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NATIONAL VODKA DAY!

National Vodka Day

Celebrated Annually on October 4th

“The Water of Life”

 

 

 

The Art of Tasting Vodka: How to Distinguish the Subtleties

 

Wine tastings, beer flights, even sipping-style tequilas are common, but most people don’t think of slowly savoring vodka. But, contrary to what your frat brothers told you, vodka is not tasteless or odorless. There are distinct differences between varieties of this gluten-free spirit and, if you want to notice them (and you do!), you need to learn how to truly taste vodka.

 

If you’re anxious about sitting down to a big glass of room temperature vodka, set yourself up for success. Though some purists argue that vodka should be consumed at room temperature, it does go down more easily when it’s cold. Place your bottle of vodka in the freezer overnight or for a few hours before sipping. The alcohol content will keep it from freezing solid and the chill will take the edge off your sip.

 

You could also try drinking it on the rocks, but vodka is basically nature’s anti-freeze. Those ice cubes will turn to water almost as soon as the vodka hits them. Ice is for amateurs, and so are mixers.

 

Vodka has a reputation for being an excellent neutral base for mixed drinks, but to really enjoy vodka, you need to learn to appreciate it neat. No ice. No water. No vermouth. No tonic. Definitely no Red Bull.

 

Get a nice glass and set it in your freezer for about an hour. Pour only two or three ounces of chilled vodka into your chilled glass. A little goes a long way. Then let the vodka warm up slightly as you hold the glass in your hand. If vodka is too cold, it will freeze your taste buds and you will not get an adequate tasting. If it is too warm, the flavor mix becomes too complex and the dominant flavor less discernible. Spirits should be tasted slowly, but greedily.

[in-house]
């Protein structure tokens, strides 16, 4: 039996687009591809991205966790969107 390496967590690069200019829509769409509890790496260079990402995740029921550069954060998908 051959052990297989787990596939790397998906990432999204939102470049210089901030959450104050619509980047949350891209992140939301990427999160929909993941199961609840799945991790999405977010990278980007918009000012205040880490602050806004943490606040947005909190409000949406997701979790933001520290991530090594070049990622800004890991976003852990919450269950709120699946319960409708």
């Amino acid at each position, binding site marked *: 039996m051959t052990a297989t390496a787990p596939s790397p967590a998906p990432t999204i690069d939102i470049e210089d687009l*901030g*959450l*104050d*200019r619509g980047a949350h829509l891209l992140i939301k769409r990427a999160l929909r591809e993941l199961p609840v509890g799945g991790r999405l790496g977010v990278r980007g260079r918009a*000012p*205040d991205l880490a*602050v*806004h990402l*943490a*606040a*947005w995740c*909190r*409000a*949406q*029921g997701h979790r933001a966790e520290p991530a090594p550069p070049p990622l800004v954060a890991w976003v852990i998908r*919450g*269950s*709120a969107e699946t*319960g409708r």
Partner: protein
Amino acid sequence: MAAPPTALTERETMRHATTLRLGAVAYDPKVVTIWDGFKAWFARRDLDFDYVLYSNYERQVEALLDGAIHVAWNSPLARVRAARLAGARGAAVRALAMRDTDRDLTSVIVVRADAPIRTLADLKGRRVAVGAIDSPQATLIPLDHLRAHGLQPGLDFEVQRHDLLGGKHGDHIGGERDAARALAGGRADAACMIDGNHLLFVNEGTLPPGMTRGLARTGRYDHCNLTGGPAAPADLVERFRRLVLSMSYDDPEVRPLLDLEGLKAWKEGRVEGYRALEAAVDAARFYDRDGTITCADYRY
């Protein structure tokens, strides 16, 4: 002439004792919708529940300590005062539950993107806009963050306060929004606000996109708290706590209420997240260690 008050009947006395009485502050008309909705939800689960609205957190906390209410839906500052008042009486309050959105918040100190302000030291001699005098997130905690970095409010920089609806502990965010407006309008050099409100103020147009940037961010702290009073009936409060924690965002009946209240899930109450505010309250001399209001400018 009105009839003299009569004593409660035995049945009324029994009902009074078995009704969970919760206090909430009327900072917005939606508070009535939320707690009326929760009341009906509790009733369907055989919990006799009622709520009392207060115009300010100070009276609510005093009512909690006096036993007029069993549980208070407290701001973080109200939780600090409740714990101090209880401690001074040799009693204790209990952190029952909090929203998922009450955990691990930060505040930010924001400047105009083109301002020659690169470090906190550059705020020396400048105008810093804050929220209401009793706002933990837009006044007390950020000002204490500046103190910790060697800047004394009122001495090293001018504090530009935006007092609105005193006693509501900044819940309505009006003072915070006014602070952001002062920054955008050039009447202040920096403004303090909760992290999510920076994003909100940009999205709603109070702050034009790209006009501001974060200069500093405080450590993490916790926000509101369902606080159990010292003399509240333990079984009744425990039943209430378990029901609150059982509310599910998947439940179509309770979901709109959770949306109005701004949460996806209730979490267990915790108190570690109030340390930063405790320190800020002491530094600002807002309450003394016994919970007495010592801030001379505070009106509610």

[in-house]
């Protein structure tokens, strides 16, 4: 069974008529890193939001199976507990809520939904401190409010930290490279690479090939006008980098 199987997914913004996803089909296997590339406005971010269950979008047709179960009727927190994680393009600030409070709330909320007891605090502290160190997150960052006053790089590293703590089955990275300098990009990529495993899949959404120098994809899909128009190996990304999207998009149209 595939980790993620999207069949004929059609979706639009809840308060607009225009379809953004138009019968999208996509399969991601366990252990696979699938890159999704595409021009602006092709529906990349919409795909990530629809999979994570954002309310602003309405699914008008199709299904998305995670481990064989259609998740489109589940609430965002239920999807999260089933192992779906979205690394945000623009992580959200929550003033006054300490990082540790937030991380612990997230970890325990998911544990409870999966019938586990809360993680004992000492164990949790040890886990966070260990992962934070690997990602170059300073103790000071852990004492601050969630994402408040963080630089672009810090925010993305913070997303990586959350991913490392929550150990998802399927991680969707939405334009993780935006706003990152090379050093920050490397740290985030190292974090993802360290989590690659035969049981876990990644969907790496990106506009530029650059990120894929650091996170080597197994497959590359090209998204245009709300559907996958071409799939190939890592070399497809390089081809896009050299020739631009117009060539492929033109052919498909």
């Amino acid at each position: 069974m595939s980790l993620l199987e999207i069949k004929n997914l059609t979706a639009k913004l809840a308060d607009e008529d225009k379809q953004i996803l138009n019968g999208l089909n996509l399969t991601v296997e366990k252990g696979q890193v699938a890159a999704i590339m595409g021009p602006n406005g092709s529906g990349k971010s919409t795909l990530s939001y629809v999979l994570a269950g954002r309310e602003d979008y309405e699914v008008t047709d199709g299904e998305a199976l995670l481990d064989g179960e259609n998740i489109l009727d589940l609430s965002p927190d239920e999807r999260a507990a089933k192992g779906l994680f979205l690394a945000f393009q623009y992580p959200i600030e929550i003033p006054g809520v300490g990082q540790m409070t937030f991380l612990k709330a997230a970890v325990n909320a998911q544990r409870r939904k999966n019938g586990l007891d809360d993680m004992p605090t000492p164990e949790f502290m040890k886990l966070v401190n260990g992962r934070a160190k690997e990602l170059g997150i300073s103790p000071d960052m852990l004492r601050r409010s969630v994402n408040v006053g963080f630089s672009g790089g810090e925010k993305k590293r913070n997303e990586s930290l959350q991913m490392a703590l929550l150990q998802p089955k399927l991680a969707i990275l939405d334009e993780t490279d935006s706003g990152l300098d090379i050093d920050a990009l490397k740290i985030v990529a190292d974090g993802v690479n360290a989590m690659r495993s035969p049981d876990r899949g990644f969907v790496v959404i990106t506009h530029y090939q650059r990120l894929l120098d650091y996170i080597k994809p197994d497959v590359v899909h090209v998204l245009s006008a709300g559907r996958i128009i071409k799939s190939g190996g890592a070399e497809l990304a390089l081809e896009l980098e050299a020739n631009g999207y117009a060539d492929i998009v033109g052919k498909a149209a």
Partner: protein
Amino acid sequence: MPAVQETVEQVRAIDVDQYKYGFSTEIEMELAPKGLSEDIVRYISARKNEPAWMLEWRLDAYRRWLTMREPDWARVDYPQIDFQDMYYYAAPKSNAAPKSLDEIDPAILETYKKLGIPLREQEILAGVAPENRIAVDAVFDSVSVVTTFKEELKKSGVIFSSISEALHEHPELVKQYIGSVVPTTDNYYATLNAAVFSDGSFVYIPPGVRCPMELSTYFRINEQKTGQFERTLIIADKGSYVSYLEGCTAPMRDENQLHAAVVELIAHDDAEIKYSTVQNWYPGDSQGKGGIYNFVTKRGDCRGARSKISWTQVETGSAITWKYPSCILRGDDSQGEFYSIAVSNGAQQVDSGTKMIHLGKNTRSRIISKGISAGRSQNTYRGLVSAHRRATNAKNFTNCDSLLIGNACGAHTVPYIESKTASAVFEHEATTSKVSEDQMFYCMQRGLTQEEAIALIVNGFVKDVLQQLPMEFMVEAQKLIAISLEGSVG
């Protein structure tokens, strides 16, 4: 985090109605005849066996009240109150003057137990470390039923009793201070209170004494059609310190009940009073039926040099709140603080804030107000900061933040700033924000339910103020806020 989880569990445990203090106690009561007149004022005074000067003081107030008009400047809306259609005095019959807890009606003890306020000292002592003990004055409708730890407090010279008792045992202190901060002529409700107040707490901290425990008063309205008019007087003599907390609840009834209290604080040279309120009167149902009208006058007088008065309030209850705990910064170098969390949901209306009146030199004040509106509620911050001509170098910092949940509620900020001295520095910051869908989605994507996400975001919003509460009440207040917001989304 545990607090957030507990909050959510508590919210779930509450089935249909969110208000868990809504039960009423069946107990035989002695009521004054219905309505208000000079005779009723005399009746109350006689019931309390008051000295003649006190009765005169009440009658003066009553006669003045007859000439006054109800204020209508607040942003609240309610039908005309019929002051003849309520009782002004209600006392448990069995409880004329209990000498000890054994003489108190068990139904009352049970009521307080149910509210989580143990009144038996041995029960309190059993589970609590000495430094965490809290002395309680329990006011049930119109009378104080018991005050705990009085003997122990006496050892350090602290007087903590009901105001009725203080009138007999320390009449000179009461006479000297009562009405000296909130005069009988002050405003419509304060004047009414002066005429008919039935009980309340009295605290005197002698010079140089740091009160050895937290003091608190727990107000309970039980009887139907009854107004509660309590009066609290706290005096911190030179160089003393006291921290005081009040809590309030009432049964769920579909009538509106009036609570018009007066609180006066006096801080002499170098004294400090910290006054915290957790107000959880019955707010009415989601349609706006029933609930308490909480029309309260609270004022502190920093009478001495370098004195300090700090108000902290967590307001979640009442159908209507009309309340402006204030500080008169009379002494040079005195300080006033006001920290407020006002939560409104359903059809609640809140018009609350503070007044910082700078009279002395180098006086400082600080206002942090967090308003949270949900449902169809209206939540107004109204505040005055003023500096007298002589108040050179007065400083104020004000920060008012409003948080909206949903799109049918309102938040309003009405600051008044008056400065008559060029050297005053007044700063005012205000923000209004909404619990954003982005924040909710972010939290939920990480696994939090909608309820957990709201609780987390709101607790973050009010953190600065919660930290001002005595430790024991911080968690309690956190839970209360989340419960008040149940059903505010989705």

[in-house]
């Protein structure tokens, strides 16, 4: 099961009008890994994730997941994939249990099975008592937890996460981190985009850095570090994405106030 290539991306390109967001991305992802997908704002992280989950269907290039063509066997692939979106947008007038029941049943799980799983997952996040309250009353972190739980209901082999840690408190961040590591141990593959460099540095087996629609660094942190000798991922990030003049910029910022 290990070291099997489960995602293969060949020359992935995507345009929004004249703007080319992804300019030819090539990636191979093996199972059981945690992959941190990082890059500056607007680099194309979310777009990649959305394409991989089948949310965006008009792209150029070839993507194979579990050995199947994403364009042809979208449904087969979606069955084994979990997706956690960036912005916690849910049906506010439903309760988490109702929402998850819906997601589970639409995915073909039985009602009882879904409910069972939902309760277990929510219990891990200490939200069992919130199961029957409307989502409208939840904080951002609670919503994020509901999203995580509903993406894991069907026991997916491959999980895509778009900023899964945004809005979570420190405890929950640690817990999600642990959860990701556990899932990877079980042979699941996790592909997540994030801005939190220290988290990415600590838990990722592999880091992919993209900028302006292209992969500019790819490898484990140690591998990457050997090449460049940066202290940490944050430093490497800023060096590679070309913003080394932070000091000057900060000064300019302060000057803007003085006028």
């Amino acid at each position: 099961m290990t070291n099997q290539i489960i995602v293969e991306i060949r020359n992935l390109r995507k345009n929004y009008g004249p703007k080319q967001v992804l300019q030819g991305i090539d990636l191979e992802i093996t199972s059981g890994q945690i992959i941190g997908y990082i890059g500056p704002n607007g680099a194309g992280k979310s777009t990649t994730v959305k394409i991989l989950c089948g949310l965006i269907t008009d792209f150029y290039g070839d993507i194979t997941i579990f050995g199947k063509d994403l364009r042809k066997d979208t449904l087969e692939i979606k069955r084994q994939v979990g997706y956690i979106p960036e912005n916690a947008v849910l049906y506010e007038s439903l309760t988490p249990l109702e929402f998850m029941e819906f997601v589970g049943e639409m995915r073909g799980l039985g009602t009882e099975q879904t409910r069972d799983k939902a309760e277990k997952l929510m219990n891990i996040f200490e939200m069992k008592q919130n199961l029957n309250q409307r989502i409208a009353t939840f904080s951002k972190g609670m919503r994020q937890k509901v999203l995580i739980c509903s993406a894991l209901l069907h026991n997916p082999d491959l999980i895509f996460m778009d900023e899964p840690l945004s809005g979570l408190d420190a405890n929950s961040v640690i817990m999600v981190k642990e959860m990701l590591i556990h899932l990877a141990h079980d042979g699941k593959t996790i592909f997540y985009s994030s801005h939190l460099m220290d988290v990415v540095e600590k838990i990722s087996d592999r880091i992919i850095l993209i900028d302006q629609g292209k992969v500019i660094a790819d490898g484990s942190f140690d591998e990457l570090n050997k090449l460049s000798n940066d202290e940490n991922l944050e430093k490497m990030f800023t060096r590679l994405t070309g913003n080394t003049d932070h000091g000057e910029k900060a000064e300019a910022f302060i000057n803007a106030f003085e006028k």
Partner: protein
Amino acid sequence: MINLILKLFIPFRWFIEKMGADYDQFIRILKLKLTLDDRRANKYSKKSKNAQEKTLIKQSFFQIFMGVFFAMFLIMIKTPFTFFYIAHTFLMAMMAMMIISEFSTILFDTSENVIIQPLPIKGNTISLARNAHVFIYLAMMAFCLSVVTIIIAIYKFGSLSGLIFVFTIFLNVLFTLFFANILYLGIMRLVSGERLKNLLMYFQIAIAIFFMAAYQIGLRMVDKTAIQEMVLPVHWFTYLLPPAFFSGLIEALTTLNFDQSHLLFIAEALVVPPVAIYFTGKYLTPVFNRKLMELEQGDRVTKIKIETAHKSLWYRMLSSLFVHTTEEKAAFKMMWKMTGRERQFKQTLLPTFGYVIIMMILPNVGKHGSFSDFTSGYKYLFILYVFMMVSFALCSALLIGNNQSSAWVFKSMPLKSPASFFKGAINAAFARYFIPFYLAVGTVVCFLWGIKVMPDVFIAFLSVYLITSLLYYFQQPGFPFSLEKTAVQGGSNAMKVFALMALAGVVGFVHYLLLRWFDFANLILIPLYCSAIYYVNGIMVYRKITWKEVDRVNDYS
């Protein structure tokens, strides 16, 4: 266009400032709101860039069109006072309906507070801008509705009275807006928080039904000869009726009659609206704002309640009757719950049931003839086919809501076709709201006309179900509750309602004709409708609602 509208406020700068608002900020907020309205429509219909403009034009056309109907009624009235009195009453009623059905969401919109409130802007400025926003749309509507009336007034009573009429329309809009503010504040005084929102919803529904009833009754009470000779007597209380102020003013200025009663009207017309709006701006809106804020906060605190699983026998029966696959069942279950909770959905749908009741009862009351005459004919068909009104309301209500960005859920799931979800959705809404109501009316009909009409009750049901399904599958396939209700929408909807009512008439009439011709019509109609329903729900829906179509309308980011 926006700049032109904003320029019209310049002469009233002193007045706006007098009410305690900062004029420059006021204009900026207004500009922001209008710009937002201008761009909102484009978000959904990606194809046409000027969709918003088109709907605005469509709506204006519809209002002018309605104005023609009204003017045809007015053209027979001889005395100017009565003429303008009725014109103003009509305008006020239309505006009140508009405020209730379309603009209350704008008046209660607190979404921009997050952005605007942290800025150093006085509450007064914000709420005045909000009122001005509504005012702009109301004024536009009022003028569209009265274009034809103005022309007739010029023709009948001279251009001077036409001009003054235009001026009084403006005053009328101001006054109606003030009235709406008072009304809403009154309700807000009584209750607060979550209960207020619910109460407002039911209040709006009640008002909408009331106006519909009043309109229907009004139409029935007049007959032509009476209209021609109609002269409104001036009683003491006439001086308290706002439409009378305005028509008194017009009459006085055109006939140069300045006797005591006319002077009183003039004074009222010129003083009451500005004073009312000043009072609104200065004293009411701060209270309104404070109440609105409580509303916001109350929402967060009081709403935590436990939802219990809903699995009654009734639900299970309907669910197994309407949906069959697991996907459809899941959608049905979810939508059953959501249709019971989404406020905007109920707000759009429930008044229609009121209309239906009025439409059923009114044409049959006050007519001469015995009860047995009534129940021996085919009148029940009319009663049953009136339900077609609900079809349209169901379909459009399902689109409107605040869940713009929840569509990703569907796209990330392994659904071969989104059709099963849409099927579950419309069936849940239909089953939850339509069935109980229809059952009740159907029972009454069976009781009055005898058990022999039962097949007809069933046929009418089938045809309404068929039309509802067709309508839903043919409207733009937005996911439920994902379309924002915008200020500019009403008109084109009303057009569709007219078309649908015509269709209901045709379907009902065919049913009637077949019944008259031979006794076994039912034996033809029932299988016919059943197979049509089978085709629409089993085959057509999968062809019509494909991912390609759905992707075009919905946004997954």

As you sip, pay attention to the smell, sight, taste and heat.

 

Smell. Smell the vodka as you briefly swirl it about in your glass, much like you’d do with wine. A bad vodka will smell somewhat medicinal while a good vodka will have a creamy, sweet or grainy odor. Avoid swirling, as the motion will predominantly evolve alcohol, which will then overpower any other aromas that are present. Try breathing in through the nose with your mouth open to deal with some of the heat from the alcohol.

 

Sight. Hold the vodka glass up to the light and look at the liquid’s clarity, texture and luminescence. A fine vodka will have a thick and creamy texture when frozen; it may also have a bluish or yellowish tint.

 

Taste. A good vodka should taste soft, creamy and smooth—not hard, watery and rough.

 

Heat. The heat of a vodka is the burn on the tongue or back of the throat when you drink vodka neat. Less expensive brands tend to burn in the mouth and throat, while premium brands tend to be more smooth and subtle.

 

It may take a few sips before you start noticing the subtle flavors but, in time, you’ll pick up on them—and then you’ll never want to mask them with mixers again!

 

 

 

 

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